Ear, Nose and Throat Doctor Columbus GA
Robinson Facial Plastic Surgery
Cosmetic Surgery, Otolaryngology
Insurance Plans Accepted: BCBS, Aetna, Coventry, Cigna, United Healthcare, etc.
Accepts Uninsured Patients: Yes
Primary Hospital: Northside Hospital
Residency Training: University of Minnesota
Medical School: University of Arizona,
Awards: Honorable Mention, Ben Shuster Memorial Award for recognition of the most outstanding research paper in the field of head and neck surgery, presented by the American Academy of Facial Plastic & Reconstructive Surgery
Languages Spoken: English
Suite 201, GA
Ear, Nose and Throat
Accepting New Patients: Yes
5.0, out of 5 based on 1, reviews.
Finding the Right Doctor for Sudden Hearing Loss and Other Ear Problems
© August 2004 (revised October 2008) by Neil Bauman, Ph.D.
Question: I woke up this morning completely deaf in one ear. I went to my primary care physician and he gave me some drops for my ear and told me to come back in two weeks if my hearing doesn't come back. This doesn't sound like he is treating my hearing loss as a medical emergency. What should I do?—S. D.
Answer: A lot of people ask the same questions: "What kind of a doctor should I go to when I experience sudden hearing loss?" and, "What is the most effective treatment?"
If you make the wrong choice and don't get effective treatment immediately when you should, you may condemn yourself to a life of permanent hearing loss. Thus you need to take action to get the treatment you need, when you need it.
"Cry Wolf" or Die—Take Your Pick
Far too many people relate to me how they went to their family doctors and because their doctors did not recognize the emergency nature of their hearing losses, their doctors did not give them the immediate, effective treatment they really needed. Instead, their doctors often took a "wait and see" attitude. As a result, these patients ended up with permanent hearing loss. Don't let this happen to you.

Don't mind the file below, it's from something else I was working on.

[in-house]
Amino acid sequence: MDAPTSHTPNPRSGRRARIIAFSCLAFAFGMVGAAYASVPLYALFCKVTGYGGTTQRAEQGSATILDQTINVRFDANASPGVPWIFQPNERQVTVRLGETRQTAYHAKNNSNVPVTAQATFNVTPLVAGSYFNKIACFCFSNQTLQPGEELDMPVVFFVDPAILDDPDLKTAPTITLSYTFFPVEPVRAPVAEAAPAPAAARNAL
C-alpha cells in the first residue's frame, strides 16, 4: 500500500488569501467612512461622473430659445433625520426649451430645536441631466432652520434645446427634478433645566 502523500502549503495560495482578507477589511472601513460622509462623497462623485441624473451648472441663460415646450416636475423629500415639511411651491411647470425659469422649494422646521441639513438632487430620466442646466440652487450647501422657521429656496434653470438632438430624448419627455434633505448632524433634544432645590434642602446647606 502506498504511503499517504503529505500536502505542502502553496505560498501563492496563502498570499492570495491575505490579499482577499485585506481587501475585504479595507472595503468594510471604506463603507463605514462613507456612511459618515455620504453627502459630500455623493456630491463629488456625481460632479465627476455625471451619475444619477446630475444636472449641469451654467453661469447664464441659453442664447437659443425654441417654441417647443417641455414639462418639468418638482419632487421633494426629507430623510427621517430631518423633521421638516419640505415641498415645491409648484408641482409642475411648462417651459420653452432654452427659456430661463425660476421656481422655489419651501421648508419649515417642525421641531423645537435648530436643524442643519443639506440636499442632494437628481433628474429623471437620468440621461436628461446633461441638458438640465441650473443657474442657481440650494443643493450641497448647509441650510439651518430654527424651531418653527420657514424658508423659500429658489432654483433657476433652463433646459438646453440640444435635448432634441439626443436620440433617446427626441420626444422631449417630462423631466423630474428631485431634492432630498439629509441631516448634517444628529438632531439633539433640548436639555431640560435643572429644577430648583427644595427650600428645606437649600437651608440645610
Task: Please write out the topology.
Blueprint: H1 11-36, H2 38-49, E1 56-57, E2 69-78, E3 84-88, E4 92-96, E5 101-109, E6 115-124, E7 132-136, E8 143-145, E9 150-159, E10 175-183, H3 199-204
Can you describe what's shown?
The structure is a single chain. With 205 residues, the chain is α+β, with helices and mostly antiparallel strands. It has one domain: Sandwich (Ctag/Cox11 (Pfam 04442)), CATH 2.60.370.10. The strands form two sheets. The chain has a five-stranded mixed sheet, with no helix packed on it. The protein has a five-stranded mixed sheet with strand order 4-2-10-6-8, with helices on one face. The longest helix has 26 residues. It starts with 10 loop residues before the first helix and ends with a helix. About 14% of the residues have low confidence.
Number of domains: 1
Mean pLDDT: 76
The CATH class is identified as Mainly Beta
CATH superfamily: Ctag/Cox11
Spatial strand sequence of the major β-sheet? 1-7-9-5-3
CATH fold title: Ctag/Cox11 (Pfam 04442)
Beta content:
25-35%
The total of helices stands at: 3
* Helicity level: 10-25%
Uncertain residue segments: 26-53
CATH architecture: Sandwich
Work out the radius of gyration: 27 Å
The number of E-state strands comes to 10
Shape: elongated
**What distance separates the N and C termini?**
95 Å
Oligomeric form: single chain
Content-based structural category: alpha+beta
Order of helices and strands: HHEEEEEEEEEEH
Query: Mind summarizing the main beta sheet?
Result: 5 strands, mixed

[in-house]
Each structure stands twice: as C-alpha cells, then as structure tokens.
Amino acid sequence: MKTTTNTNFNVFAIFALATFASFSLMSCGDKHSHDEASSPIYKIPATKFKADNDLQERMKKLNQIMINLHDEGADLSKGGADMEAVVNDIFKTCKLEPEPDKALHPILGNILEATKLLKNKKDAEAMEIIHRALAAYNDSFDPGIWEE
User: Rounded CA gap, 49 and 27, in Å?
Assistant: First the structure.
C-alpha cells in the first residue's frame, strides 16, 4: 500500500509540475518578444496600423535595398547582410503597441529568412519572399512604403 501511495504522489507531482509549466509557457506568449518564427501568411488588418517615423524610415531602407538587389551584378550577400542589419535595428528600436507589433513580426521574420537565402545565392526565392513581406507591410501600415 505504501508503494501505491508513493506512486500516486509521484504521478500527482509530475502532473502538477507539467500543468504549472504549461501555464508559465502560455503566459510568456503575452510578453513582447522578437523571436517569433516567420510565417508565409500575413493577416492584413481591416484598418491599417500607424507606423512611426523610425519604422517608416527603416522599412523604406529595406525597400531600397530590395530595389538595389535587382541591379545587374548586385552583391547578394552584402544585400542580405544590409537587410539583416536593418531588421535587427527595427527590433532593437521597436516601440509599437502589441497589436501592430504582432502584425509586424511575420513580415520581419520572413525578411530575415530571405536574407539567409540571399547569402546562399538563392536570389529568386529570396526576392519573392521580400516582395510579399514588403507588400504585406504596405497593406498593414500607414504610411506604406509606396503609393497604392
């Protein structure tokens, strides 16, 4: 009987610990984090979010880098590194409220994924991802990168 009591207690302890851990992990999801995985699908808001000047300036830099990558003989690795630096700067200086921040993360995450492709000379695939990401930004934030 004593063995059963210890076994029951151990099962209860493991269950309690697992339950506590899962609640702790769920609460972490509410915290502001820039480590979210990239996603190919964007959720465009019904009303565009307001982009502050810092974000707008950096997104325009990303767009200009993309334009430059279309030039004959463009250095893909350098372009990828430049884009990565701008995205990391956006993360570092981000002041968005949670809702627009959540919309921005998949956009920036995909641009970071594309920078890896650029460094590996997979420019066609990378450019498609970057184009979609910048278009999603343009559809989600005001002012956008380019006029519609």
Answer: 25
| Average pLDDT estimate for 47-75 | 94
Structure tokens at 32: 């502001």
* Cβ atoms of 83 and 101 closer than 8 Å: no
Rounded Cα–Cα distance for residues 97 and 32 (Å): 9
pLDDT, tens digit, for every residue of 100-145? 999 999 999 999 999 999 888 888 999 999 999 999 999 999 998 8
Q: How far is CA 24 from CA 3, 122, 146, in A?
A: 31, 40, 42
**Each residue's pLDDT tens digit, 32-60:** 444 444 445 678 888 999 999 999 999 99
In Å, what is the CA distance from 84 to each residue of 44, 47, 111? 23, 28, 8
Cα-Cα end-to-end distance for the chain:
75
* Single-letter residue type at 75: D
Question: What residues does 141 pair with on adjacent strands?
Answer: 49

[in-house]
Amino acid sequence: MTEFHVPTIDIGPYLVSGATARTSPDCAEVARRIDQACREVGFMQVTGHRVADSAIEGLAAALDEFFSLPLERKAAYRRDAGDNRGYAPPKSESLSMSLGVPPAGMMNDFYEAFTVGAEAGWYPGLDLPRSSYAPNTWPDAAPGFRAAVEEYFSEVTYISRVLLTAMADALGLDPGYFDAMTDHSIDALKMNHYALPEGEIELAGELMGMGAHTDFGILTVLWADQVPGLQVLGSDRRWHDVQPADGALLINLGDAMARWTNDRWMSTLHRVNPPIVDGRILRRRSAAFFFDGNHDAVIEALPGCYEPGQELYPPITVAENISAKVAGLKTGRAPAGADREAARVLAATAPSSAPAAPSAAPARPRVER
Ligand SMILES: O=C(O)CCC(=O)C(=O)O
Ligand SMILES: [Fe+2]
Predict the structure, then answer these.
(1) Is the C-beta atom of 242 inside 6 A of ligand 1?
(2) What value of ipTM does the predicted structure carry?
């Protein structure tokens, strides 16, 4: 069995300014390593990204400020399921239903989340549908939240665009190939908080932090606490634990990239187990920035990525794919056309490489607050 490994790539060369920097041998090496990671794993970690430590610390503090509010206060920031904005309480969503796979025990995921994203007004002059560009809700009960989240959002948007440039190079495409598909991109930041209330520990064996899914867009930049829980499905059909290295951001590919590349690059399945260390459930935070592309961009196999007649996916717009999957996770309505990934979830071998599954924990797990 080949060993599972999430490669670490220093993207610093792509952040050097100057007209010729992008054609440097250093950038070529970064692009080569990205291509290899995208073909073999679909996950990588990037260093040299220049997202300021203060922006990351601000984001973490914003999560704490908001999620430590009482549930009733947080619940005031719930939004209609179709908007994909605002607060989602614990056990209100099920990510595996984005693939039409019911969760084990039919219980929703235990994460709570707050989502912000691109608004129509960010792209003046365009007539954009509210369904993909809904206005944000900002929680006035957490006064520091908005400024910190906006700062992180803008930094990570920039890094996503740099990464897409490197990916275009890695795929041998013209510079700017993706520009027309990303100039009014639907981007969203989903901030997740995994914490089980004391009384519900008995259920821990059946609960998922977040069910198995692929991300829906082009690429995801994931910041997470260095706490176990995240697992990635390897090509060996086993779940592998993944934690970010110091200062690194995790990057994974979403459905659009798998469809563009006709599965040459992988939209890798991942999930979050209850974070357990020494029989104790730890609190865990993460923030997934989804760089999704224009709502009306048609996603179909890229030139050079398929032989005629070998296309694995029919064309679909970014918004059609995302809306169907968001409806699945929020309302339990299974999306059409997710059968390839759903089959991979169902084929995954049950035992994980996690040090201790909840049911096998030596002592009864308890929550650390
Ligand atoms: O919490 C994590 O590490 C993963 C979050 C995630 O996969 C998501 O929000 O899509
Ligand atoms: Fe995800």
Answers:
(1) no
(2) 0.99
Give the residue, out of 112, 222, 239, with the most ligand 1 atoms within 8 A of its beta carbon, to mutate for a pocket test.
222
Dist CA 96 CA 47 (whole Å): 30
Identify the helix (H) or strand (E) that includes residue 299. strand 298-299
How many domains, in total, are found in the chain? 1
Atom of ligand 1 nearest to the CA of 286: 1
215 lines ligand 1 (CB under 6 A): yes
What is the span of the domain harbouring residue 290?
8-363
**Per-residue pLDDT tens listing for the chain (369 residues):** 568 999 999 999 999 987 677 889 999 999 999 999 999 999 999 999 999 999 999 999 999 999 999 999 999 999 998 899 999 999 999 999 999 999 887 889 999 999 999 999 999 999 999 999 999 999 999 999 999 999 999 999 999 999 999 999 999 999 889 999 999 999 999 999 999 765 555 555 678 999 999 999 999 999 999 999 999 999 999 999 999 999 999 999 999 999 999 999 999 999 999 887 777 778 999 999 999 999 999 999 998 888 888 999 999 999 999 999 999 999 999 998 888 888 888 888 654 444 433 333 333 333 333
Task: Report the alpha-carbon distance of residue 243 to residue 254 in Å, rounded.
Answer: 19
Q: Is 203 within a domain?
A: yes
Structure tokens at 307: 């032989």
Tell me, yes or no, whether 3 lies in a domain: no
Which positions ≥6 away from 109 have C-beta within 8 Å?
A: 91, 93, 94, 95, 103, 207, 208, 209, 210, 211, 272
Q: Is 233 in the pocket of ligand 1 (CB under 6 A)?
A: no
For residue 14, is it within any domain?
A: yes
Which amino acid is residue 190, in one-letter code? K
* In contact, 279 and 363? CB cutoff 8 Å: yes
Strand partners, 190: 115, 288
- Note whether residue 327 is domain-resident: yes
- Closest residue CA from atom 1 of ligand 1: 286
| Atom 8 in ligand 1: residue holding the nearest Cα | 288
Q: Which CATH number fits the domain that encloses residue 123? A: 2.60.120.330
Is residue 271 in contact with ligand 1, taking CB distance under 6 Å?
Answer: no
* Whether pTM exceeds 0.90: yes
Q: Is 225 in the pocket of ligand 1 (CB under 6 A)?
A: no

Sudden hearing loss can result from many different conditions. Some are medical emergencies and others are not—just like having a heart attack is a medical emergency and heartburn is not. The trick sometimes is telling which is which since heartburn can be one of the symptoms of a heart attack.
You may feel foolish calling an ambulance and being rushed to the hospital only to discover it was heartburn and not a heart attack. However, doctors and paramedics would rather you call them first—and find out later it wasn't a medical emergency—instead of waiting to be sure, and die in the process.
The same holds true with your ears. Sudden hearing loss could be caused by something as simple as putting your hearing aid on and thereby pushing some wax further down your ear canal so it blocks sounds from reaching your eardrum. Voila! Instant deafness. This is not a medical emergency.
In contrast, you may wake up one morning with no hearing in one ear. Chances are this is a medical emergency and you should seek effective treatment now!
In a recent email to me, one lady wrote: "Doctors do not know how to treat sudden hearing loss. I wrote my primary care physician a letter about this and sent him your article with it entitled: Sudden Hearing Loss Is A Medical Emergency . When I went to see him, he was afraid to call it an emergency and get me an appointment with an ear specialist, as someone might think he was 'crying wolf' and thus wouldn't believe him in the future if it was not a 'real' emergency."
This is a valid and very real concern of doctors—especially primary care physicians w...